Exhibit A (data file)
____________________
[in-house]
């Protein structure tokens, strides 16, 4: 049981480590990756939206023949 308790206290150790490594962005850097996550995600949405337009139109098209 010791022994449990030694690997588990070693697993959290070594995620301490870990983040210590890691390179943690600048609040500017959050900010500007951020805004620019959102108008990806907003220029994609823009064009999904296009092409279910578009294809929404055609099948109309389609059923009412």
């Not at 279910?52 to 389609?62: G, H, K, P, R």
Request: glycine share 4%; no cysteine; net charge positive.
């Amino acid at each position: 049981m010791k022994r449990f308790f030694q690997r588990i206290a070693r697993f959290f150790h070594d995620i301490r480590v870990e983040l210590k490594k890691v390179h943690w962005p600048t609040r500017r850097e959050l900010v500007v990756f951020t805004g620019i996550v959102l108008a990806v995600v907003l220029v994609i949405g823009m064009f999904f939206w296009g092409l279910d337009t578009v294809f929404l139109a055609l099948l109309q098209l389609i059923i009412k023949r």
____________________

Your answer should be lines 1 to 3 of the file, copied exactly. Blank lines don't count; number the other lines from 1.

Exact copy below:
[in-house]
């Protein structure tokens, strides 16, 4: 049981480590990756939206023949 308790206290150790490594962005850097996550995600949405337009139109098209 010791022994449990030694690997588990070693697993959290070594995620301490870990983040210590890691390179943690600048609040500017959050900010500007951020805004620019959102108008990806907003220029994609823009064009999904296009092409279910578009294809929404055609099948109309389609059923009412």
């Not at 279910?52 to 389609?62: G, H, K, P, R």